What if I Followed the Wrong Passion?

As a kid, I wanted to be a million different things: an astronaut, a vet, a software engineer, an Olympic swimmer, an Olympic softball pitcher, a handball champion, and more. Eventually, I settled on learning and developing my softball game. It worked out for me.

I carried my passion for softball into coaching the sport, continuing to study what I thought I wanted to work on in the future — IT and business management. It’s what made sense to me.

But something happened a couple years ago. I realized that passion was no longer something I wanted to be doing. I didn’t see myself plugging code into a computer all day or spending time in the sun (which I vehemently dislike) helping others learn the game of softball (this part I still enjoyed). The travel was killing me as well.

Growing up, everyone tells you to follow your passion so that’s what I did. No one ever tells you to cultivate that passion; it’s something you do on your own once you find out you like something. That’s how I approached softball and business. I worked extra hours to make sure I succeeded — because I wanted to. I loved it. That’s not exactly what I did with IT. Once I started learning more, I realized it wasn’t really what I wanted to do for the rest of my life.

Following your passion presupposes you know what that passion is. I think I assumed because I liked computers and that the profession made good money, I would enjoy the work. I confused excitement or vague interest as passion.

Photo by James Wheeler on Pexels.com

I was brought back to one of my favorite quotes; the last words Matt Smith spoke as The Doctor.

“We all change, when you think about it. We’re all different people all through our lives. And that’s OK, that’s good, you gotta keep moving, so long as you remember all the people that you used to be.”

— Doctor Who

If the only constant is change, why can’t our passions change as well? The more I branched out, the more I started to play with new ventures. The first successful passion I cultivated was minimalism.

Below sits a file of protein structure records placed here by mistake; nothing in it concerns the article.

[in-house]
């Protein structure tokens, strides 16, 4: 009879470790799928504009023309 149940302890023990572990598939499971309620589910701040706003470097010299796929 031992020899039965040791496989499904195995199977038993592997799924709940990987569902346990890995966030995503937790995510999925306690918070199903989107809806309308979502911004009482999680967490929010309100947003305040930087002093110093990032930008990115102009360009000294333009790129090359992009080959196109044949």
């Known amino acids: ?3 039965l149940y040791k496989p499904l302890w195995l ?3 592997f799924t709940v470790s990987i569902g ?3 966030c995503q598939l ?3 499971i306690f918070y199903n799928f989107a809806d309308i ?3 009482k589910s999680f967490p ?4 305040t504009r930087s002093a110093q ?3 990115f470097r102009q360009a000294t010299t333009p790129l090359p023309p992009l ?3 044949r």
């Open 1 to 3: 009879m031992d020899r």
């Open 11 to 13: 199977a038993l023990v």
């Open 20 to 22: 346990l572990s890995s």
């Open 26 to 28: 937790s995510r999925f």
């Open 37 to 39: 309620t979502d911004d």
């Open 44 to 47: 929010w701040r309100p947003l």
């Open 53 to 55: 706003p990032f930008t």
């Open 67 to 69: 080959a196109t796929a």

The Clarity in Minimalism

Suddenly I had time I didn’t know existed and I worked on cultivating my skills as a photographer. That one didn’t quite pan out. I still enjoy it, I know I’m not the best, but I won’t call it my passion. It’s something I like to do but probably won’t invest in cultivating that at the present moment.

Finally, I found writing. This. This was the calling that was missing from my life. Things became clear and I knew what I wanted to do next. So, for the last year, I have been cultivating this passion into something feasible for my future.

Photo by Aldiyar on Pexels.com

The best lesson I learned was that I didn’t have to be stuck doing something I was no longer passionate about. I found a way to restructure my life to better align with who I wanted to be. I figured out who my future self would be and took the steps to get there.

You Don’t Have to Compare Yourself to Others

I still cherish my past. My history makes me unique, and adds to the experience I develop as a writer. I have a unique take, and the same can happen for you. We all have to keep moving, and remembering who we used to be helps shape us for the future.

So, are you trying to find a new outlet? What sort of things have you always wanted to try? I dare you to try one new thing and make that declaration to yourself. It’s okay if it doesn’t work out… but what if it does?

As a minimalist, I hate spam. That’s why I only want to provide valuable content to you. Join my newsletter and let’s discover passions together.

Even better, get the first five chapters of my first book, Soul Forgotten, when you sign up!

The Winter Writer Newsletter

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